Outside Looking In
Outside Looking In is a national, community-driven dance program for middle school and high school aged Indigenous youth living in diverse communities. Beginning in 2017, Outside Looking In was created to inspire Indigenous youth to pursue education, engage in self-expression, and celebrate empowerment. The program aims to guide youth on a journey to academic achievement, well-being and prosperous futures.
The Outside Looking In program is run as a credit course so youth can contribute the course towards their Secondary School diploma. Outside Looking In works with the Ministry of Education to develop OLI based courses that meet curriculum expectations. In addition Outside Looking In requires all participating communities, friendship centers, organizations or schools to implement at least one OLI credit course to provide an additional and creative method to support academic success of youth. OLI staff work with the leadership to train staff, plan a credit course, and ensure that the program runs efficiently during the programming year.
For students to participate in the program they must meet program requirements that includes academics, regular school attendance, behaviour, choreography. Each year those youth who are successful in the Outside Looking In program, meeting all the program requirements, are provided with a two week trip to Toronto where get the chance to join other Indigenous youth from across Canada, preparing for an ultimate performance on stage to show off their talents and abilities before thousands, at the Sony Centre for the Performing Arts!
OLI understands that there must be a structured and unwavering support and motivation from all partners and key stakeholder groups if youth are to succeed. OLI staff works with community leadership; education staff, teachers and volunteers; and parents and families supporting youth to ensure that they are organized, committed and fully on-board with running the program. Decisions, actions, motivations, and negotiations are centered on what is going to be the best for participating youth.
Below is a description of the Outside Looking In Program Model and how it works.
1. Communities, organizations and friendship centres apply through a written or video application process. If approved, OLI staff begin weekly conference calls with each community partner to plan for program implementation.
2. Outside Looking In launches the program (usually near the beginning of the school year in October) in the community and youth begin dancing. Youth learn about program expectations and requirements (academic, attendance, choreography, behaviour) and about the goal to travel to Toronto to perform with youth from across Canada. OLI staff conduct an orientation for all volunteers involved in the program.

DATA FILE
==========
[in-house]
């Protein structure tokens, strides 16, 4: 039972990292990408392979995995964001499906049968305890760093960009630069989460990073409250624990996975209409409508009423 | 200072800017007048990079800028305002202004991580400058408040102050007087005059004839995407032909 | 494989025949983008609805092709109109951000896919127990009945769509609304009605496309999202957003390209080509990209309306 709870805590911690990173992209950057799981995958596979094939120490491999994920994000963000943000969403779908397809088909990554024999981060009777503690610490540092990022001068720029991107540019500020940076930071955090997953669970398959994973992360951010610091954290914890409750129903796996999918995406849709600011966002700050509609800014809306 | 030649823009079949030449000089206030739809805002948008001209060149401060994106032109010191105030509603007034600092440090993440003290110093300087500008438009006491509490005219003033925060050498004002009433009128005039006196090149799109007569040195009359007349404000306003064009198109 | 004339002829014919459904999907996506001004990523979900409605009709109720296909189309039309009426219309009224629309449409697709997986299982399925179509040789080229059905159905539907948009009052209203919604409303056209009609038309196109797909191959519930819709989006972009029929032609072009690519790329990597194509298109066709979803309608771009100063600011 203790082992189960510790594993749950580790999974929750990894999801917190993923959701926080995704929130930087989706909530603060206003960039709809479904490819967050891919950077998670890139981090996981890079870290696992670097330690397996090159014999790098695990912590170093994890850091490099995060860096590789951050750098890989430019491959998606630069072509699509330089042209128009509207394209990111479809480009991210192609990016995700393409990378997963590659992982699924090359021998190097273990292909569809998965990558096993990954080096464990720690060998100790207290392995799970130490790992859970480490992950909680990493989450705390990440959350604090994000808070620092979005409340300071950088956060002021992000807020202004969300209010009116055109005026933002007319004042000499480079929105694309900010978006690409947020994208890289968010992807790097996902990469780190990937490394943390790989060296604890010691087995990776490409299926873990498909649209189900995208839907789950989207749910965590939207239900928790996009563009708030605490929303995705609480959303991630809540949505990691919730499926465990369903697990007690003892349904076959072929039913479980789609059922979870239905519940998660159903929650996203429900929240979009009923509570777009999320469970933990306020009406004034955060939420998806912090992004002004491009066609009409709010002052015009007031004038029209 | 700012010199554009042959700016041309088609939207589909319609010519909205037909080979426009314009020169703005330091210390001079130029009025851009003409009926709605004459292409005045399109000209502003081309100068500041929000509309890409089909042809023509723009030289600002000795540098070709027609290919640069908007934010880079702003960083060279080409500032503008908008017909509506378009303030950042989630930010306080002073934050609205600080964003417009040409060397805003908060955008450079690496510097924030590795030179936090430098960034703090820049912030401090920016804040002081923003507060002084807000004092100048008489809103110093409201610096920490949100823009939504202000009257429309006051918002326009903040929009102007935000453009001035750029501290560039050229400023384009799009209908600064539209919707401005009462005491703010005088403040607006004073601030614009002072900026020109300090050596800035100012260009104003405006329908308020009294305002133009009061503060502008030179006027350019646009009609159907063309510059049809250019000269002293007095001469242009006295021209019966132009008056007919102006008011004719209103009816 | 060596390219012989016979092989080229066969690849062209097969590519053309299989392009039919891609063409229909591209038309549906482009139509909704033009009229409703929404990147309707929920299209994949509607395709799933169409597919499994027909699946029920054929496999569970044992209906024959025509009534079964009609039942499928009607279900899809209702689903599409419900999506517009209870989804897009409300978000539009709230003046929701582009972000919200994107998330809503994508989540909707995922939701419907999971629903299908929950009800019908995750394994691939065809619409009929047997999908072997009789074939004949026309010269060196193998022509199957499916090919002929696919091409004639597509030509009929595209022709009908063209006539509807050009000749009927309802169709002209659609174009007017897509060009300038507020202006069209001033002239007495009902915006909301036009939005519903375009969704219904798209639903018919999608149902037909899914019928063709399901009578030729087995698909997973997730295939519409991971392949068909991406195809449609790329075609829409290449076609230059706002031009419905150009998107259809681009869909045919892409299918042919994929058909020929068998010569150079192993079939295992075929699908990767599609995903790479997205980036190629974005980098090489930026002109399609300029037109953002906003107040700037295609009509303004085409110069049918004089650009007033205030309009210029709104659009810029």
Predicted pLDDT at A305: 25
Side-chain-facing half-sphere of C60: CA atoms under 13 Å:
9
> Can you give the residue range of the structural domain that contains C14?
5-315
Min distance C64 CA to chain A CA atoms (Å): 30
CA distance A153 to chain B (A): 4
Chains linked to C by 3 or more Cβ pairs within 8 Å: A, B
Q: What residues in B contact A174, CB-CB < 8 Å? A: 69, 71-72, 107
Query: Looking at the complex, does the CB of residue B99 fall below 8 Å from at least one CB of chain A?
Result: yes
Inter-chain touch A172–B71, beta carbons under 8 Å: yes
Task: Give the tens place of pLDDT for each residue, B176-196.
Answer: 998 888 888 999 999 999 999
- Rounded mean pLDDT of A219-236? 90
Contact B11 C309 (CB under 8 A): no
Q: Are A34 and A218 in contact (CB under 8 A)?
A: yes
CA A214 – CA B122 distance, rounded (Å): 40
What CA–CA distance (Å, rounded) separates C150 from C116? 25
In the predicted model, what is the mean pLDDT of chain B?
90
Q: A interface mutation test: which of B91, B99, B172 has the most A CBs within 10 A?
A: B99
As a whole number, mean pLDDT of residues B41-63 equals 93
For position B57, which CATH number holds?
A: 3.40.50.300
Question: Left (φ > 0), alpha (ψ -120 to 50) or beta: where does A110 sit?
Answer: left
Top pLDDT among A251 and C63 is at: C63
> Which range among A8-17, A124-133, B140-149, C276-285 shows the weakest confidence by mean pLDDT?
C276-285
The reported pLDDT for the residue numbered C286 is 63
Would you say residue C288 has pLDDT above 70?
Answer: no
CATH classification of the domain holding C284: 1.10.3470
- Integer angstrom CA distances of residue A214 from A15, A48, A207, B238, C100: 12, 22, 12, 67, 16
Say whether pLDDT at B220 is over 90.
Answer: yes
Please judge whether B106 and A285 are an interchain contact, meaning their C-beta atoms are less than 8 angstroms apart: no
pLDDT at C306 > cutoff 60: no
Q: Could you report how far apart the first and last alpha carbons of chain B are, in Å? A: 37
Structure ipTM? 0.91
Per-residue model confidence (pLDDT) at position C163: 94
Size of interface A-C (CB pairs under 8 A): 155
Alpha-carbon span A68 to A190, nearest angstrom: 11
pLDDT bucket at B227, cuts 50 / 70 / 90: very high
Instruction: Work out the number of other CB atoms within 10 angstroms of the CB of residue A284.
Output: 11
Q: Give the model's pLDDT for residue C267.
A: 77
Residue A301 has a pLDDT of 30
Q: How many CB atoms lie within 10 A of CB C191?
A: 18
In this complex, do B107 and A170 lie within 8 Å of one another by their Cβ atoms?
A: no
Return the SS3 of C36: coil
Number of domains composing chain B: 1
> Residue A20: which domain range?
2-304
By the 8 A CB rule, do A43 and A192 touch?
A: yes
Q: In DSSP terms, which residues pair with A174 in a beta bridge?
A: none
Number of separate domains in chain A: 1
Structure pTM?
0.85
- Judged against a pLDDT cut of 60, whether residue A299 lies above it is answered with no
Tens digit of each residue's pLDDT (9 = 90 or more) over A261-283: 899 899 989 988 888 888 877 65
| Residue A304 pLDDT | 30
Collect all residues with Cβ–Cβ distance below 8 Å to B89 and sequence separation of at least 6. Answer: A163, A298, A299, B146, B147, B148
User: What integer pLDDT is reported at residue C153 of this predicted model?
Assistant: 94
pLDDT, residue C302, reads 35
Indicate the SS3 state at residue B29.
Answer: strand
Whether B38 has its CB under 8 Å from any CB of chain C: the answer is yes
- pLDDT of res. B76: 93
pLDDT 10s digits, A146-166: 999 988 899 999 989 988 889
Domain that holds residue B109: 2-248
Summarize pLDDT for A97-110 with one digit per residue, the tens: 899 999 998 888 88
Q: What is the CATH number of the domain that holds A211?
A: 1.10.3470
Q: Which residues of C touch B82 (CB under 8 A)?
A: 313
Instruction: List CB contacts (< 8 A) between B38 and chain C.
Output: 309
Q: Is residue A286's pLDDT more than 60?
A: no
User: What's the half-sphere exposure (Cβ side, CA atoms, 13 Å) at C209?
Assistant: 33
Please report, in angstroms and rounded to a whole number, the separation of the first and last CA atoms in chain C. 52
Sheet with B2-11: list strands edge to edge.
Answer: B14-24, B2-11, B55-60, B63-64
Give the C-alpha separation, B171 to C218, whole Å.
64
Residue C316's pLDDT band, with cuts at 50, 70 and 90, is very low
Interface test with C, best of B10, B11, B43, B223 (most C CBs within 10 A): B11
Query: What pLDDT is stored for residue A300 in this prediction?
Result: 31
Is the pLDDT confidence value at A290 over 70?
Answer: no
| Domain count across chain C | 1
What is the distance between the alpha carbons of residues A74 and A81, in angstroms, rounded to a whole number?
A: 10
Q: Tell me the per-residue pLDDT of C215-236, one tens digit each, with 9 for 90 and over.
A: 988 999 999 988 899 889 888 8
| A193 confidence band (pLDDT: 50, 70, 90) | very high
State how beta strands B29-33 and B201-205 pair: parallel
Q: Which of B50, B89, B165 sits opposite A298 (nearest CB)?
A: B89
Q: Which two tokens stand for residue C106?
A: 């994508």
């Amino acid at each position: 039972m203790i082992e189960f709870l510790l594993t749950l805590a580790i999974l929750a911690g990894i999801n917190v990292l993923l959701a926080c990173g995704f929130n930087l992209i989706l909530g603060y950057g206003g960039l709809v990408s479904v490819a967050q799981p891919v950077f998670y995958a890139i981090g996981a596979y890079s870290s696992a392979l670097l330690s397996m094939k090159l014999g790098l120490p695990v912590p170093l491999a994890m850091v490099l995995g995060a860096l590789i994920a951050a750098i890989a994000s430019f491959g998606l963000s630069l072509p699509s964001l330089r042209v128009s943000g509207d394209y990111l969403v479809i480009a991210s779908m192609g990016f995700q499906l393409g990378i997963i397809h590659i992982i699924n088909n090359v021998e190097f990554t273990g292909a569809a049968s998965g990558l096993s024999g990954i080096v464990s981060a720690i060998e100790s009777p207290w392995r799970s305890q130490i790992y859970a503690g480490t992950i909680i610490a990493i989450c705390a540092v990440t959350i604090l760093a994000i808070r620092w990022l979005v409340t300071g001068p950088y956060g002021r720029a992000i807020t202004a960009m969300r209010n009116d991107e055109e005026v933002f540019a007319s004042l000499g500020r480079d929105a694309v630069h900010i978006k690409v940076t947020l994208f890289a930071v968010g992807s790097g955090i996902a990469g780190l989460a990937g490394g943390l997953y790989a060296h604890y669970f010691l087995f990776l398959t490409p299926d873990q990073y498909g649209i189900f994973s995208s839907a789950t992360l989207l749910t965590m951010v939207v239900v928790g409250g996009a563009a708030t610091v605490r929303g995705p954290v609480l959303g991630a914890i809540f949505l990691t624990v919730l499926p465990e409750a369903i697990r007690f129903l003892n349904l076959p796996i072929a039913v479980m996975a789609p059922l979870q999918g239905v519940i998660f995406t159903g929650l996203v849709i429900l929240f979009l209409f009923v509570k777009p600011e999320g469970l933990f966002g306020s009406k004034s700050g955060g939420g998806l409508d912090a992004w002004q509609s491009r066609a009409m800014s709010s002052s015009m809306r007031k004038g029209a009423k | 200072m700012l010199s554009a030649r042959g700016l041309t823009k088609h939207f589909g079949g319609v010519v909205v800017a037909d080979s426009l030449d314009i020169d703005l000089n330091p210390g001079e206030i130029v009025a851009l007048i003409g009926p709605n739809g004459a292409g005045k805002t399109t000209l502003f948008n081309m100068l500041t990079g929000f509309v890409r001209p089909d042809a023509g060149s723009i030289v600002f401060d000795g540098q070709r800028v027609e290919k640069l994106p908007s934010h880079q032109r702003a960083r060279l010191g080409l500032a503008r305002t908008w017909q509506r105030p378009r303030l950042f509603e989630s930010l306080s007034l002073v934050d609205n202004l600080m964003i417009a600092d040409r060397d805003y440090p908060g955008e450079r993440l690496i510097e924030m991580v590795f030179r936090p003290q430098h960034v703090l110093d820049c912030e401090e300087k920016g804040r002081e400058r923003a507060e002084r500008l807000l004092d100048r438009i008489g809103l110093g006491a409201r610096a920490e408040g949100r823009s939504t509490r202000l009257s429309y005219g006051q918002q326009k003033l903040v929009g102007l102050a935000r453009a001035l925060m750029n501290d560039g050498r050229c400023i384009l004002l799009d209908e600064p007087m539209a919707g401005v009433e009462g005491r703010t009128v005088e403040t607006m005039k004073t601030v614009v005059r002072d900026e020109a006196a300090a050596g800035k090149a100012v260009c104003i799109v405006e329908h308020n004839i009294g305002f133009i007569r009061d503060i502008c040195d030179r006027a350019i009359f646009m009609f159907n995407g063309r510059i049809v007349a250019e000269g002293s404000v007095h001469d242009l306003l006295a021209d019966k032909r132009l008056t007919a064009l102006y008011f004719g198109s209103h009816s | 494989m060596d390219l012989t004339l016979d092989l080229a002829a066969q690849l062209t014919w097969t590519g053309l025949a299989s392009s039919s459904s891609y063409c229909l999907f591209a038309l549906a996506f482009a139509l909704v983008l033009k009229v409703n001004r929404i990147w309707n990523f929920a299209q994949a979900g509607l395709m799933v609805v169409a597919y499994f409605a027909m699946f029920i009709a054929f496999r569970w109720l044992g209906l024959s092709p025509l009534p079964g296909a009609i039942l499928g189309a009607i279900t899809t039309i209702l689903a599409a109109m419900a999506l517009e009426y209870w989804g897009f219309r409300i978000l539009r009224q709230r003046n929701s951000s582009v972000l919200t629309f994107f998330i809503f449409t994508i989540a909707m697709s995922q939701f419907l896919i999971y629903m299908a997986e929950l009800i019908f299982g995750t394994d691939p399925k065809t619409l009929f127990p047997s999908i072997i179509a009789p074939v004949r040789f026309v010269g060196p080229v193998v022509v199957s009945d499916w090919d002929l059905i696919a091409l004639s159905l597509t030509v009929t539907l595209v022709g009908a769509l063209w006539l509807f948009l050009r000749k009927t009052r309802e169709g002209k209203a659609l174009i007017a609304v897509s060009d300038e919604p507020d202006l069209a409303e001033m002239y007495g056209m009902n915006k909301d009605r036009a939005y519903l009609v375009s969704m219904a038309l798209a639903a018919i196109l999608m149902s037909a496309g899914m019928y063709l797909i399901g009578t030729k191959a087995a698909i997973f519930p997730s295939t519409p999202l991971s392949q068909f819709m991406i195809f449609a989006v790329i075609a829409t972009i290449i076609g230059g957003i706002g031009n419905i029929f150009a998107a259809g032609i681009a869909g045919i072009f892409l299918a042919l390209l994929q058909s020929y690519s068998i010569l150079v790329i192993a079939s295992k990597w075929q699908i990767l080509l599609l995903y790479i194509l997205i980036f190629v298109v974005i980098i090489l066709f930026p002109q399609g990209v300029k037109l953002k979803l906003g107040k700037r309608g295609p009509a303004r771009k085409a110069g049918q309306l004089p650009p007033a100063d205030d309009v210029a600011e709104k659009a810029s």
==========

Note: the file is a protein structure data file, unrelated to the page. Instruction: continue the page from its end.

3. Each community has a designated dance instructor who travels to the community to work with the youth 2-3 hours per day for 5 days per week, on a monthly basis, over 6 months. When dance instructors are not in the community participants continue dance practices with the support of volunteers.
4. Over the course of the 6 month program implementation, program managers run weekly scheduled conference calls with volunteers. During monthly visits by the program manager, youth are assessed on academic progress, attendance, choreography, and behaviour.
5. If youth have met all program requirements, they travel to Toronto for 2 weeks where they engage in daily rehearsals to prepare for the annual performances. OLI youth perform at two performances where they are the stars of the show for over 6000 audience members cheering them on.
OLI works solely with Indigenous youth (middle and high school students ages 12 to 18+) in communities, organizations, Friendship Centres, and Public School Boards across Canada
Maureen Hatherley – Program Director, Outside Looking In
Head Office 50 Generations Drive Suite 226, Box 2 Ohsweken, ON N0A 1M
Presently Outside Looking In is being delivered in 13 communities with 130 youth participating.
In order for students to participate in the program them must meet academic, attendance, behaviour and choreography requirements. Over the course of the 6-8 month program implementation, program managers run weekly scheduled conference calls with volunteers. Program staff monitor participant progress, track attendance, and ensure youth continue to meet program requirements. Students who may be at risk of leaving the program are monitored weekly and given additional support and encouragement
106 youth and Alumni of the Outside Looking In program were surveyed in the Spring of 2017 via document analysis, workshops, and focus group discussions, community visits, key informant interviews and Web-based survey. Here are the key outcomes;